NFS Configuration and Management

Nexfs can optionally directly manage and/or configure the Linux NFS server. You can choose if Nexfs should configure the NFS server and if Nexfs should manage (start and stop) the NFS server.

 

NFS Service Configuration

To allow Nexfs to configure the NFS server you must first enable the NFS service in Nexfs by setting NFSENABLED to 1 (enabled), to disable NFS management set NFSENABLED to 0

Example of using nexfscli to enable the NFS service on Nexfs start:

# nexfscli configfile set NFSENABLED 1
Updated Configuration file

If Nexfs is already running, you can enable NFS without requiring a restart with:

# nexfscli liveconfig set NFSENABLED 1

Updated Live Configuration

More information on managing Nexfs using nexfscli can be found here

By default Nexfs will manage up to 12 NFS exports, this is a soft limit that can be changed through the NFSMAXEXPORTS setting

NFS Start/Stop Management

Nexfs can be configured to start and stop the Linux NFS service, to enable NFS management set NFSSTARTSTOP to 1, or set NFSSTARTSTOP to 0 to disable direct management.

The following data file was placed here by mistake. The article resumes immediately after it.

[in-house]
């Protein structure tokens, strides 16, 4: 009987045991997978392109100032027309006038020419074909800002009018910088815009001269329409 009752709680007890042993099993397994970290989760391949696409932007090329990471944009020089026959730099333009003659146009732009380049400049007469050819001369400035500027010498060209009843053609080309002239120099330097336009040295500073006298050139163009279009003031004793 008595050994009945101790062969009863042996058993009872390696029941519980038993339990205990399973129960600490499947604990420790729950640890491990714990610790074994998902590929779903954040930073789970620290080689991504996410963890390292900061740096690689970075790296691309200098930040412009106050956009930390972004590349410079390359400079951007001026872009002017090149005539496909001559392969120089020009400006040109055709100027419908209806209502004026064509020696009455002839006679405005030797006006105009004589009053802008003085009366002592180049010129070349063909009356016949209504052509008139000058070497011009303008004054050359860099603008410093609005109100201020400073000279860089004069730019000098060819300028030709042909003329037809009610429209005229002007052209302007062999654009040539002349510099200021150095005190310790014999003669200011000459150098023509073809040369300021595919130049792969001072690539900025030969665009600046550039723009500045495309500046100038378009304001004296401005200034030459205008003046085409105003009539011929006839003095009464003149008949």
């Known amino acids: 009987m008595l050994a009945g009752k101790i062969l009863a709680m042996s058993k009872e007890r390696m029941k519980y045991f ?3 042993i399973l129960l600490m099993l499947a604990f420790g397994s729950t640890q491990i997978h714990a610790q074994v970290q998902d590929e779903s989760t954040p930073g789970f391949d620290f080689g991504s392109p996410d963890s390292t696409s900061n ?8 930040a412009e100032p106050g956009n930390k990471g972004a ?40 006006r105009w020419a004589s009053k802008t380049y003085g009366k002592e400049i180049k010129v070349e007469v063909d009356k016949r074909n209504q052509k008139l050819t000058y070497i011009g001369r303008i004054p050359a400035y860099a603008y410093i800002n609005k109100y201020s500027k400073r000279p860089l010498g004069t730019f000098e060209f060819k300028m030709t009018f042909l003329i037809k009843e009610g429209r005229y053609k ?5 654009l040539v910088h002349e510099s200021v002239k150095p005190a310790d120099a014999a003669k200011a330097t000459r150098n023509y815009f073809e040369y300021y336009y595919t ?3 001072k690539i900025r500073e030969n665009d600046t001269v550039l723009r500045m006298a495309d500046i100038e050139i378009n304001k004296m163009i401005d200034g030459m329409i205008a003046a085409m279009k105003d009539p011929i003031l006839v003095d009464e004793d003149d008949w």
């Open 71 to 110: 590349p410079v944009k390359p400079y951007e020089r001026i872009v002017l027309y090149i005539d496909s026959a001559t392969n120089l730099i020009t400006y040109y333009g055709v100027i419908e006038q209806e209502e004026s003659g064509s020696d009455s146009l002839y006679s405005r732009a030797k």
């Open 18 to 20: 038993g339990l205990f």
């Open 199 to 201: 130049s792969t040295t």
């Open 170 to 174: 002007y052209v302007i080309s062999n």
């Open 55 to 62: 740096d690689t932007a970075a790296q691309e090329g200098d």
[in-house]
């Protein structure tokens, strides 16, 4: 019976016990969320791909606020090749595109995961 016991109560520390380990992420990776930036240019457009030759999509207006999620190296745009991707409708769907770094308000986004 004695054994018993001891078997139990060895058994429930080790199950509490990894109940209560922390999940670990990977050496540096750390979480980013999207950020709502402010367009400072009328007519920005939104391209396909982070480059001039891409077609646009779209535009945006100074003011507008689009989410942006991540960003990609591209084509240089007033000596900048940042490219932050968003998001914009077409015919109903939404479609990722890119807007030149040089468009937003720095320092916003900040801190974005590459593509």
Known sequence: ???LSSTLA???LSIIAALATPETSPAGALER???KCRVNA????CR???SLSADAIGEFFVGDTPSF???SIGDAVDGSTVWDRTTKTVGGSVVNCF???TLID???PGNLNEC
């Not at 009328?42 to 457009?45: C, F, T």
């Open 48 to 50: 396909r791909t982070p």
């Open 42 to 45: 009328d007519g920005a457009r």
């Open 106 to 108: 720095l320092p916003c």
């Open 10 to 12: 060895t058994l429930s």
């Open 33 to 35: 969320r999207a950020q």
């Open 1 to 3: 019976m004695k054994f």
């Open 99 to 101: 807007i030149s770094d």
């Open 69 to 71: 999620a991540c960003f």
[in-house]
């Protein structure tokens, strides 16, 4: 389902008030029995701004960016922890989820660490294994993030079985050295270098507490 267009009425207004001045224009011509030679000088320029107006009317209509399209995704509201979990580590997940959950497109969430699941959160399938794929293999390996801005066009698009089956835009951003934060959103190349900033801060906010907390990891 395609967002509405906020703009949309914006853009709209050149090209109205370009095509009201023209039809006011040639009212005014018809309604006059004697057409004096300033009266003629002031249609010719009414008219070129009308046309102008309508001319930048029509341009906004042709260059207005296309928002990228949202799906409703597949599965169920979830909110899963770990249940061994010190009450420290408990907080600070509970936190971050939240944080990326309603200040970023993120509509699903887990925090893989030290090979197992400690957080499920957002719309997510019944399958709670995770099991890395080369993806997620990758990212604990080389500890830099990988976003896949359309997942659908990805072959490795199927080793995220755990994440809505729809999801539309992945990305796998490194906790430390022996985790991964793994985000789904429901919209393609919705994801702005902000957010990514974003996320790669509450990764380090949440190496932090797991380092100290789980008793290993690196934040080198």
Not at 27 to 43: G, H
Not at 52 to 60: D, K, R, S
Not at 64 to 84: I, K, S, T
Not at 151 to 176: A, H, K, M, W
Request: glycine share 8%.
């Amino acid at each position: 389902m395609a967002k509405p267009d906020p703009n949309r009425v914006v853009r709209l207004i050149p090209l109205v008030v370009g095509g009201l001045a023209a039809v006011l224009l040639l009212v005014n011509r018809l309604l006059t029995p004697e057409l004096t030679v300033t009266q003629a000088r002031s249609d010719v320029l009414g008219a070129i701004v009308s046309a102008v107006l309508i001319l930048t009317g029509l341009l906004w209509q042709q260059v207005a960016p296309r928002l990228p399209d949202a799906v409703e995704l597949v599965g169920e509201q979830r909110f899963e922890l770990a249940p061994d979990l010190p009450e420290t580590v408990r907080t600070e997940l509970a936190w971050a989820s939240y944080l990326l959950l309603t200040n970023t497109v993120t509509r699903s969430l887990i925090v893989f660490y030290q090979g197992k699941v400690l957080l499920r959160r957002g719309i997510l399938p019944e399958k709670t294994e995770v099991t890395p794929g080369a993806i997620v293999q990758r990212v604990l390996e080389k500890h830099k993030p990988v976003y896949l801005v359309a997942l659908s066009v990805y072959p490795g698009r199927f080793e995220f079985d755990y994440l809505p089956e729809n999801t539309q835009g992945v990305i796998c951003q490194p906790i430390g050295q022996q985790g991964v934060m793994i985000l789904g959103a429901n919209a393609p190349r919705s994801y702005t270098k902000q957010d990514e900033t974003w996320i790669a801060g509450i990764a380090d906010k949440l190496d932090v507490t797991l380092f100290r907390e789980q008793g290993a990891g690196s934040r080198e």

Note: NFS configuration must also be enabled in Nexfs (see NEXFSENABLED above) in addition to NFSSTARTSTOP for Nexfs to start and stop the Linux NFS service.

Example of using nexfscli to enable the NFS service management on Nexfs start:

# nexfscli configfile set NFSSTARTSTOP 1
Updated Configuration file

If Nexfs is already running, you can enable NFS management without requiring a restart with:

# nexfscli liveconfig set NFSSTARTSTOP 1

Updated Live Configuration

More information on managing Nexfs using nexfscli can be found here

Configuring NFS exports

NFS exports are managed through a standard JSON formatted configuration file, the easiest way to view and modify exports is by using the nexfscli management command.

Viewing NFS exports

You can view or make a copy of the current loaded NFS export file using nexfscli, to view the export configuration run:

# nexfscli nfs getexports

To save a copy of the exports configuration to a file, include a filename at the end of the getexports command, for example, to save a copy to a file in /tmp called nexfsnfsexports, run:

# nexfscli nfs getexports /tmp/nexfsnfsexports

Updating, creating and removing NFS exports 

You can add, remove and update existing NFS export using nexfscli, first create a correctly formatted JSON file which contains all exports, including all new and existing exports that should remain, to remove an existing export simply remove it from the JSON file, and run:

# nexfscli nfs putexports /tmp/nexfsnfsexports

Where /tmp/nexfsnfsexports is the location of the JSON file which contains the new configuration.